Today I hosted a small review of the Micro:bit, a small programmable device that the BBC has committed to providing to every 11 and 12 year old in the UK.   The basic model costs only $10 and considering what you can do with it, it’s a real bargain.

The board itself has two buttons, an accelerometer, a compass, a USB port, a bluetooth antennae, and a number of I/O connectors to attach your own inputs and outputs.   It also sports a series of LED’s that, while basic, allow you to write words and draw pictures that can be displayed on the device.

That’s the hardware itself.  The Micro:bit can be told what to do through block programming.   There are about six different apps for doing the programming, and they’re all pretty similar.   Just different flavors of the same principle.   So don’t stress about which one to use, just pick one and dive in.   It’s pretty traditional block programming, but what’s nice is that you can immediately load up your code into a virtual Micro:bit and see how it works.  If you’re happy with it, all you need to do is download the .hex file, plug in the Micro:bit via USB and drag the file over to it.   Voila!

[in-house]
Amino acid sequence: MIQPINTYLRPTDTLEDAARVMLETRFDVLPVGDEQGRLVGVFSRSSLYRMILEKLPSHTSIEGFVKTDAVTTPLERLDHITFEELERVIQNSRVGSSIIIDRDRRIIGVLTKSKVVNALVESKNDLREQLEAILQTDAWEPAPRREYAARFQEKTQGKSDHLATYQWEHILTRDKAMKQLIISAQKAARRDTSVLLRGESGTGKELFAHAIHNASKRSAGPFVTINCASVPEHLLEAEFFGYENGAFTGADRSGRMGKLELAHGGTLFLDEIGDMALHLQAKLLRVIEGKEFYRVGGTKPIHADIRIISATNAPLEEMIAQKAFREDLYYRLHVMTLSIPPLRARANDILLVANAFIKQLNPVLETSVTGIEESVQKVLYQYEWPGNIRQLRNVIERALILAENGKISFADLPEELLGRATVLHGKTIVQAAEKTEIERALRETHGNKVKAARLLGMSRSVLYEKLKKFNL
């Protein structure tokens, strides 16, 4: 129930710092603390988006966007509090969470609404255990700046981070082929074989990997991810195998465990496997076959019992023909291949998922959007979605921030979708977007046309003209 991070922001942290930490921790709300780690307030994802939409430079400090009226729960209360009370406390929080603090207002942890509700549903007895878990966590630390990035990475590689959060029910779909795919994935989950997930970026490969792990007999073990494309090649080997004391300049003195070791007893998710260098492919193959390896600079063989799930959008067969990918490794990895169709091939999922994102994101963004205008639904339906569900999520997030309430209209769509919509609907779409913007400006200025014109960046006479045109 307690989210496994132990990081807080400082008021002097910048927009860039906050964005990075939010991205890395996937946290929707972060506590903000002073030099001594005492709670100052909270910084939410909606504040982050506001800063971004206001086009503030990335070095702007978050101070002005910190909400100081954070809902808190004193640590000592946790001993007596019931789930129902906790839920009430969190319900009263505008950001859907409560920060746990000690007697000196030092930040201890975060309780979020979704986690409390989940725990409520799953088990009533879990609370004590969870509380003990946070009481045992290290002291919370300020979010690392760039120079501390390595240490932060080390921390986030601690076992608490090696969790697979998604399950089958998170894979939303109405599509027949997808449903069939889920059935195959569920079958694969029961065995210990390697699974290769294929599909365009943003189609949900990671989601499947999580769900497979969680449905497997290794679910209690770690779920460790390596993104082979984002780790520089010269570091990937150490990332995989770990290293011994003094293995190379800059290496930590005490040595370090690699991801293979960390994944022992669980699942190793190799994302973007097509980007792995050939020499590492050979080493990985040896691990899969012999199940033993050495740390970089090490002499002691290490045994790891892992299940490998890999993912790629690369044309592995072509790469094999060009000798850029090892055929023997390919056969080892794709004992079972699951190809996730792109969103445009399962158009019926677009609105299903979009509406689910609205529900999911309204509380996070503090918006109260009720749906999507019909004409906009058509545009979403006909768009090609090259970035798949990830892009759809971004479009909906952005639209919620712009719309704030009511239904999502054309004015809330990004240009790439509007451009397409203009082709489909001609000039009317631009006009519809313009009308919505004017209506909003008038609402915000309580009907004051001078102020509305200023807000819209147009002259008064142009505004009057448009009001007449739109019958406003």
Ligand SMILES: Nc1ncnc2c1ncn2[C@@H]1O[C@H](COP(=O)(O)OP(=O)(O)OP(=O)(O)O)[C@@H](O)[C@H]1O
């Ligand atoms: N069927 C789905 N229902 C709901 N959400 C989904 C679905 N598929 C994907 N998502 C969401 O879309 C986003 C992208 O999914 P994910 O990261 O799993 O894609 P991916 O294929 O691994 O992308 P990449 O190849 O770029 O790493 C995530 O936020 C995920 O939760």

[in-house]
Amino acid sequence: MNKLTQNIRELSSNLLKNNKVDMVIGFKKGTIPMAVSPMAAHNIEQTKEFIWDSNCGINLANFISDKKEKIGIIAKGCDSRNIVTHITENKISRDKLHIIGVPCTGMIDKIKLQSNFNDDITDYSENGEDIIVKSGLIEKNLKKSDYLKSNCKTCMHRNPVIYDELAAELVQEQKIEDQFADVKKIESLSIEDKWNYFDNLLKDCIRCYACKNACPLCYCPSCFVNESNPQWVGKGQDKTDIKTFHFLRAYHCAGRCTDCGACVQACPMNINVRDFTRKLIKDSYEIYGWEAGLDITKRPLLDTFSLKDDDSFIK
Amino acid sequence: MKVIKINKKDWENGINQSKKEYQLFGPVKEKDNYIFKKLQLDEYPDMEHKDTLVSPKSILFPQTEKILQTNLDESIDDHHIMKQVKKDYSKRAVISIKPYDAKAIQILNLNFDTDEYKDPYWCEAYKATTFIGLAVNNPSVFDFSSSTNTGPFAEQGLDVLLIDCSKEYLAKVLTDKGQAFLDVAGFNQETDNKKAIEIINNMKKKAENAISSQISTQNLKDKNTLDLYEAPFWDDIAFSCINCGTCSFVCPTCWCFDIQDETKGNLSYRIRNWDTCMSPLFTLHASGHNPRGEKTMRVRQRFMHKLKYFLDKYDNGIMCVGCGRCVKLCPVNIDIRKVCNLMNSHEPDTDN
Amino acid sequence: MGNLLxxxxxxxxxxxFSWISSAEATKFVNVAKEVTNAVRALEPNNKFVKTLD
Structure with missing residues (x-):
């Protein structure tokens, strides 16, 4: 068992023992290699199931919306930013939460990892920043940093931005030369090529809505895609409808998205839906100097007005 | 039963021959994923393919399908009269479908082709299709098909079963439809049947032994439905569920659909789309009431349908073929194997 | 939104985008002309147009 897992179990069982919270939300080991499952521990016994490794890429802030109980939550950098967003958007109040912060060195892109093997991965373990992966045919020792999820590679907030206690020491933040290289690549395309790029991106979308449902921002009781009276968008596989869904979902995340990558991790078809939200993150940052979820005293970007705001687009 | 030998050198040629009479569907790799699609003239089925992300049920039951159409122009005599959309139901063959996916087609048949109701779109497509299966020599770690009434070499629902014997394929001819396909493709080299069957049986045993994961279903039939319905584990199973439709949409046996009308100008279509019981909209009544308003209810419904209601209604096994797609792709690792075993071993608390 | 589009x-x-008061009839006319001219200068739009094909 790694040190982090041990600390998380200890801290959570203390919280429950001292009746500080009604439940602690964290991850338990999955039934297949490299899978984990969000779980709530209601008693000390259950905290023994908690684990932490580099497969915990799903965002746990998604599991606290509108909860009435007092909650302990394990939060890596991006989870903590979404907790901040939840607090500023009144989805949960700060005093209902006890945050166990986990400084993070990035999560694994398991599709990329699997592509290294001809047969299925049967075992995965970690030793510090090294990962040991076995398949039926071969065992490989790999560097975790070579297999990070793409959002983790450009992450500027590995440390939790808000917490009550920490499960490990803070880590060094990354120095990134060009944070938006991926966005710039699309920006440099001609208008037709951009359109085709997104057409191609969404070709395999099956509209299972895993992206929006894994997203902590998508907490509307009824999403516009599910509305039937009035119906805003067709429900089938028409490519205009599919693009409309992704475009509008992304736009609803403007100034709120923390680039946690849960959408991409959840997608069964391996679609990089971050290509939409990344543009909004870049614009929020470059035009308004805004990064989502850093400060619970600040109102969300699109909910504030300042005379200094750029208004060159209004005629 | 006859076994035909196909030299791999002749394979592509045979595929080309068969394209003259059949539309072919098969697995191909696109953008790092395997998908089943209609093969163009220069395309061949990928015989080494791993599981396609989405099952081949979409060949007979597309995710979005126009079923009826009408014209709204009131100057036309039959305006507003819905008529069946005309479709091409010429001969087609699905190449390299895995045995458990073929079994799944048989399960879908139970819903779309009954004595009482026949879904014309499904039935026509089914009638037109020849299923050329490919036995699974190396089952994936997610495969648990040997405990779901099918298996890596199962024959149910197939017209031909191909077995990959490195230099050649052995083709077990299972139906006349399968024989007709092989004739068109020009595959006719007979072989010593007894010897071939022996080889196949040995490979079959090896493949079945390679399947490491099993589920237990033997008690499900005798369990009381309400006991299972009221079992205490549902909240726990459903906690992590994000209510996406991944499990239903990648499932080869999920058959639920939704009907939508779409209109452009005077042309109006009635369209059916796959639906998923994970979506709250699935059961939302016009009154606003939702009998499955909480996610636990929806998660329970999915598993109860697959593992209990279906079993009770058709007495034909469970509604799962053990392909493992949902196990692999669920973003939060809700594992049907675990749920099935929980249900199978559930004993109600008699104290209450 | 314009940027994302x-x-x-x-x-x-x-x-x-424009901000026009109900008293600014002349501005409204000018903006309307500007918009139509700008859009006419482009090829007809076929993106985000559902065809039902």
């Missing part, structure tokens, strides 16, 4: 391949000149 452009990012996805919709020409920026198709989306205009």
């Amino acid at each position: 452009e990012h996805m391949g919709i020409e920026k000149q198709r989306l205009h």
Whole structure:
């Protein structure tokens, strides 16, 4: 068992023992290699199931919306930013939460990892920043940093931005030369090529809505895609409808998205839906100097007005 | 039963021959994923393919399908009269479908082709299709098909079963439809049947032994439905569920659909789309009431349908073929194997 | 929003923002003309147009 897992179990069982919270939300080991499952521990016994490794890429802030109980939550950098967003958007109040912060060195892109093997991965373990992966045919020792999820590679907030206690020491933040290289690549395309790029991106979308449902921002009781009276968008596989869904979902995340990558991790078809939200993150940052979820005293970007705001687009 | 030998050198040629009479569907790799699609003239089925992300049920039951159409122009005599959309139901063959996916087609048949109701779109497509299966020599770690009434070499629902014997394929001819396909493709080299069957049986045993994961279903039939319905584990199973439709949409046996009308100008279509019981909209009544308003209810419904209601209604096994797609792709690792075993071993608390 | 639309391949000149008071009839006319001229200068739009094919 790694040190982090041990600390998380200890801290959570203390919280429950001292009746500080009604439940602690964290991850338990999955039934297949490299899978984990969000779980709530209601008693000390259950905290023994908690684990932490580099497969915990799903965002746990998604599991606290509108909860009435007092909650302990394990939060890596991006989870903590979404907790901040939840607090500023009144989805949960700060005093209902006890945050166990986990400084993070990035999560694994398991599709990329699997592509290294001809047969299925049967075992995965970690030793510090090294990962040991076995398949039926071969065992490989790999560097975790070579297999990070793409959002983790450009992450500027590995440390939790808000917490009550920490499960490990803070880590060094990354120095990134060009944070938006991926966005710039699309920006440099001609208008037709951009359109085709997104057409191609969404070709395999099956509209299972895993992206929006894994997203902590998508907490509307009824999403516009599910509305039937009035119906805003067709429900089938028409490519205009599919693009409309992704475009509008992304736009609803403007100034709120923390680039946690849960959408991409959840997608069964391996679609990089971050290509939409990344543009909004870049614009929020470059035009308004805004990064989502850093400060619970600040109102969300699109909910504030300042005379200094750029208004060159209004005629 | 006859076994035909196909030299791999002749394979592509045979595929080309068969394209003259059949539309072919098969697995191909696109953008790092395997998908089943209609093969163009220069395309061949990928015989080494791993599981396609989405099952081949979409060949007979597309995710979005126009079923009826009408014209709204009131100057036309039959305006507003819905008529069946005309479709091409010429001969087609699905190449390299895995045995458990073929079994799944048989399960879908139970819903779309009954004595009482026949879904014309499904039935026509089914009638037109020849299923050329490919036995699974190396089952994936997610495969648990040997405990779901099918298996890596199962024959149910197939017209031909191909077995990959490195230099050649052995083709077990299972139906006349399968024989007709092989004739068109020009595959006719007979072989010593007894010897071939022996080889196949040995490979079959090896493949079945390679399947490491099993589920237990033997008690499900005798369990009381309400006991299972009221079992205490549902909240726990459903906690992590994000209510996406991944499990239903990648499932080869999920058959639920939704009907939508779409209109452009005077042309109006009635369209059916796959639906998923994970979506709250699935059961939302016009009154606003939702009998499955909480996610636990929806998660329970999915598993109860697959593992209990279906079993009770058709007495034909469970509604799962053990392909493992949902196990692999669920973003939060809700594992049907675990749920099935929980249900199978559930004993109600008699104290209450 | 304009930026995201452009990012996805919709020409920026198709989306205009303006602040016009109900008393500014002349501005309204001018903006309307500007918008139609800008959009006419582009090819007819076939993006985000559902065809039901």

It’s a remarkably simple device, but can do some very sophisticated things.   Students can use it to create pedometers, countdown timers, magic 8 balls, games, and much much more.   Considering the cost, it really is a phenomenal piece of technology.  I gave mine to Aiden and he’s been having a blast with it, to the point that when friends come over, they choose programming it over playing on the Xbox!

Enjoy the video review below, and let me know what you think! Don’t forget, I broadcast all of these live!   If you want to hang out during the recording, just follow me on Facebook, Twitter, uStream, YouTube or Periscope.   When I’m live, I’m broadcasting to all of those platforms at the same time!   And if you have any requests for future reviews, leave me a comment and I’ll put it into the queue.

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